“However, some seventy years ago a number of Jewish scholars in Palestine (later the State of Israel) began to see that the Hebrew of the Mishnah had been a living and vibrant language, spoken in the house of study, synagogue, on the street and at home. Mishnaic Hebrew does not deal only with matters of religion, but mentions, for instance, the names of dozens of implements used at the time, and records thousands of events and sayings about mundane, secular aspects of life. . .
“The discovery of the Dead Sea Scrolls and the documents from the period of the Bar-Kochba revolt (132–135 C.E.) conclusively settled the question of whether Mishnaic Hebrew had been an artificial or a living language. Hymns, prayers and biblical works written in Hebrew were discovered, as well as documents composed in the Mishnaic Hebrew dialect. Among them were letters containing Hebrew slang and abbreviated Hebrew forms characteristic of everyday speech . . .
When the Jewish writers of the Second Temple period referred to Hebrew, they meant Hebrew and not Aramaic. They did not confuse the two languages, but distinguished quite clearly between Hebrew and Aramaic, referring to the latter either as "Aramaic," "targum" or "Syriac" (sursit). The sages also clearly differentiated between the Hebrew and Aramaic sections of the Bible. . .
“One cannot fulfill the obligation of reading from the Torah scroll unless the text is written in square script in
Hebrew and in a book [some manuscripts read "on parchment"] and in ink. (Tosefta, Megillah 2:6)
In other words, the Torah scroll must be written in square Hebrew script and not in the old archaic Hebrew script, nor in Aramaic. . . (NOTE: Aramaic also includes the usage of “Hebrew” square script which is
called in Hebrew, “Ktav Asshurim,” i.e “Assyrian Letters” –JJD)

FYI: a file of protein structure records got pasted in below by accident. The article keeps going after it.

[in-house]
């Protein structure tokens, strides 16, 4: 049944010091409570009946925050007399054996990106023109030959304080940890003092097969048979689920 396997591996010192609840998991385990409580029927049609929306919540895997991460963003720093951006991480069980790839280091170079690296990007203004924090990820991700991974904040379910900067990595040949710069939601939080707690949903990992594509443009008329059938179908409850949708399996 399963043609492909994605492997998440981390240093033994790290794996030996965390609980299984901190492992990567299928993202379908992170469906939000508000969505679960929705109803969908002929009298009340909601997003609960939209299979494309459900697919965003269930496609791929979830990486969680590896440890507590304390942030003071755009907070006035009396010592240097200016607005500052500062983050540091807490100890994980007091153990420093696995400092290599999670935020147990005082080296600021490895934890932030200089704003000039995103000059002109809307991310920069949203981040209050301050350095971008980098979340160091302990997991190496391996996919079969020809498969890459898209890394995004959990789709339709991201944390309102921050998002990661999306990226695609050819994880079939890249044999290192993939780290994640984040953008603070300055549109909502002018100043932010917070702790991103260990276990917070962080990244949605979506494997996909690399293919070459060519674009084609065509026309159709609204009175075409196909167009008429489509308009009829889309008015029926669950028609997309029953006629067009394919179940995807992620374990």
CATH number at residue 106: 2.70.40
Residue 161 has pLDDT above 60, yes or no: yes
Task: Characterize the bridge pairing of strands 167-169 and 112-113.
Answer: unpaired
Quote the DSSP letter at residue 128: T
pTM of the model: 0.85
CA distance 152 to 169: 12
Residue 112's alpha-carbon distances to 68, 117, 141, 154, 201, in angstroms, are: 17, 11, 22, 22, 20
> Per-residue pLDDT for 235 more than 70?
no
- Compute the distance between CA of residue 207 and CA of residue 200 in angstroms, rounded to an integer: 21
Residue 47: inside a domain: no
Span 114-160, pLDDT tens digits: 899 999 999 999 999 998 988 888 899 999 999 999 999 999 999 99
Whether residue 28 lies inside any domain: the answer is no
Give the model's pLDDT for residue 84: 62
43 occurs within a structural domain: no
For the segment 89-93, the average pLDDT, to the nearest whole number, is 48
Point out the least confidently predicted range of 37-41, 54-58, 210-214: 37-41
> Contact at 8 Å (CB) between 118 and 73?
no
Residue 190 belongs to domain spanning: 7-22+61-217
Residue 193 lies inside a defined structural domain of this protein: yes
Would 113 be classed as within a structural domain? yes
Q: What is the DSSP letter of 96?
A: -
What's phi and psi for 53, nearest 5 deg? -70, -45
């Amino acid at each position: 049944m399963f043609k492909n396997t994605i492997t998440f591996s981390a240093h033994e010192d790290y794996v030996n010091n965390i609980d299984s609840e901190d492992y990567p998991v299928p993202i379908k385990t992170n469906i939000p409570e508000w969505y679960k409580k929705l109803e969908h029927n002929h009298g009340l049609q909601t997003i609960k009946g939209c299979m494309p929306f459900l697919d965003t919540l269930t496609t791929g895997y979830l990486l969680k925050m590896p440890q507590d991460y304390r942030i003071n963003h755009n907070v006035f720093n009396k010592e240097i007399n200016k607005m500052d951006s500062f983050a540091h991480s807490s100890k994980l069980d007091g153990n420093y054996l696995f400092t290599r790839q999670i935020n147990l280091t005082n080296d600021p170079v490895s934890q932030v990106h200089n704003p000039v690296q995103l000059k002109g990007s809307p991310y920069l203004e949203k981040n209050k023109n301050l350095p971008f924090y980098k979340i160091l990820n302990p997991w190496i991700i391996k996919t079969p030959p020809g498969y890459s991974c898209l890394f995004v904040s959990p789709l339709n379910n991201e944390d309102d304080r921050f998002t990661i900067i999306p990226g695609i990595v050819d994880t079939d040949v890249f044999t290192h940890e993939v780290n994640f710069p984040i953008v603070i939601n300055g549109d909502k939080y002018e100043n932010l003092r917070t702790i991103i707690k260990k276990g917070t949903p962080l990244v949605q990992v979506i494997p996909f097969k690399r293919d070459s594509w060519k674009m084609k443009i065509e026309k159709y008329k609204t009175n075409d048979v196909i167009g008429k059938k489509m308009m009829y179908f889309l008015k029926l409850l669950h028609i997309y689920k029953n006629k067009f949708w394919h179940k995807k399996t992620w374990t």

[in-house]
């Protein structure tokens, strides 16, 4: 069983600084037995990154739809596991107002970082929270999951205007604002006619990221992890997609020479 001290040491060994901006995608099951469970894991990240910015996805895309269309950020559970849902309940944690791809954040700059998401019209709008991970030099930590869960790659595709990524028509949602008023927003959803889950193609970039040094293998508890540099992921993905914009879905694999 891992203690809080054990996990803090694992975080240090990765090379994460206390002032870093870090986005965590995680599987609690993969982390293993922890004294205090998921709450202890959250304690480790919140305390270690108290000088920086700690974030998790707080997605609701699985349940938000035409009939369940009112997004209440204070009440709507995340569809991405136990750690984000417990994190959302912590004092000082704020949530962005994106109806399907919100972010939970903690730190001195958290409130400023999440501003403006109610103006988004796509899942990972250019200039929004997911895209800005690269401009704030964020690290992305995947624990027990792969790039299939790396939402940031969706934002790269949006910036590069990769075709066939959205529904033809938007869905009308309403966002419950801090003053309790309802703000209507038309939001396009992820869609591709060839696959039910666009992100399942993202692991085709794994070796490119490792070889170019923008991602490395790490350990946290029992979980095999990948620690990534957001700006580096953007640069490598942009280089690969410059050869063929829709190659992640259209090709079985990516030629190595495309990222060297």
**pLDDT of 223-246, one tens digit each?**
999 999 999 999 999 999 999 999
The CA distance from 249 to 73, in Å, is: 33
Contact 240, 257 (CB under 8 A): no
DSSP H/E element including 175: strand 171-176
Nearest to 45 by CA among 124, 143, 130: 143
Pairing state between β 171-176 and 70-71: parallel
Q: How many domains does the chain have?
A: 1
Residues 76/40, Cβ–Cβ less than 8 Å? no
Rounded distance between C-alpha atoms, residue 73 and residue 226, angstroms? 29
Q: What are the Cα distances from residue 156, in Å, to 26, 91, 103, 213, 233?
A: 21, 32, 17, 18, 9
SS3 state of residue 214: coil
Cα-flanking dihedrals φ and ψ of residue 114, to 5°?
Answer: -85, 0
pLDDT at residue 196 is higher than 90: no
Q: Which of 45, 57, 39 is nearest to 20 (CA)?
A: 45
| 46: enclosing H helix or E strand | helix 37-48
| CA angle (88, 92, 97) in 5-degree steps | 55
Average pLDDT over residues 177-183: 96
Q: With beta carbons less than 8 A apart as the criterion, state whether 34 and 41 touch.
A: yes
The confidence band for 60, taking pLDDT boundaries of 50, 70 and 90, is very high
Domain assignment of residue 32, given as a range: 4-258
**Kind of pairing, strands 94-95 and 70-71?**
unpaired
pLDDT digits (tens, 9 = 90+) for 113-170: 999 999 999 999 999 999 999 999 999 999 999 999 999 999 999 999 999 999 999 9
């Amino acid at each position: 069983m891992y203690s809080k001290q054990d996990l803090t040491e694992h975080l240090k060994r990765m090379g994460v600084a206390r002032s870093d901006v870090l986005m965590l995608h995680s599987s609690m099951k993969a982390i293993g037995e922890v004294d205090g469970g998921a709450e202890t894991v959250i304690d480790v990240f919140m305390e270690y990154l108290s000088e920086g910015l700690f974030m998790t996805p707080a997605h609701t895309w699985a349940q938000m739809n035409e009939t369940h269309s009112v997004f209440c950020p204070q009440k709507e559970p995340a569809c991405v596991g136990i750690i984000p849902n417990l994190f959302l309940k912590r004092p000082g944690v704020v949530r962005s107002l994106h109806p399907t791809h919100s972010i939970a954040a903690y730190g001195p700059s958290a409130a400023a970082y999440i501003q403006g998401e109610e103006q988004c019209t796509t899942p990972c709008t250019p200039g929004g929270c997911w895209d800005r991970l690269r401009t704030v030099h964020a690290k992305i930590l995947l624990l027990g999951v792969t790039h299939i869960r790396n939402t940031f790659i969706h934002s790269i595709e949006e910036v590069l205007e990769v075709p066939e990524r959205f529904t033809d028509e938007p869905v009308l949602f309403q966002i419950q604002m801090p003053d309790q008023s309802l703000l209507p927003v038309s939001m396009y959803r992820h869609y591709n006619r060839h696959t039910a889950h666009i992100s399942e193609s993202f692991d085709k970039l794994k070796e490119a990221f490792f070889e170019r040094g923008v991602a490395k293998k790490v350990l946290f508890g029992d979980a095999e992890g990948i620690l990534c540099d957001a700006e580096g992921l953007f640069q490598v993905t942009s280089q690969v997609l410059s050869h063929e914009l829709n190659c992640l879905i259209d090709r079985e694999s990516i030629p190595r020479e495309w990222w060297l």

“II Kings 18 tells of the Assyrian general Rabshakeh’s advance on Jerusalem and his attempt to persuade the
beleaguered inhabitants of the city to surrender. The leaders of Jerusalem requested that he speak Aramaic and "not the language of Judea" so that the rest of the city’s inhabitants would not understand (v. 26). Josephus
relates the story in the following manner:
“As Rabshakeh spoke these words in Hebrew, with which language he was familiar, Eliakim was afraid that the people might overhear them and be thrown into consternation, and he asked him to speak in suristi, [Syriac, i.e., Aramaic]. (Antiquities 10:8)
“Galilee and Judea
There is an oft-repeated claim in scholarly literature that a high percentage of the Galilean population was
religiously uneducated, and that the people consequently knew and used less Hebrew. Literary sources,
however, provide no indication that this claim is correct.
“There are a number of "anti-Galilee" statements in rabbinic literature, but one can find similar barbs
directed against residents of other regions of the land. What the sources do indicate is that Galilee belonged
to the accepted cultural milieu of Judaism at that time, including the world of Torah study, and that culturally
and spiritually Galilee may have been closer to Jerusalem than Judea.
“There is a statement in rabbinic literature that the Judeans retained the teachings of their Torah scholars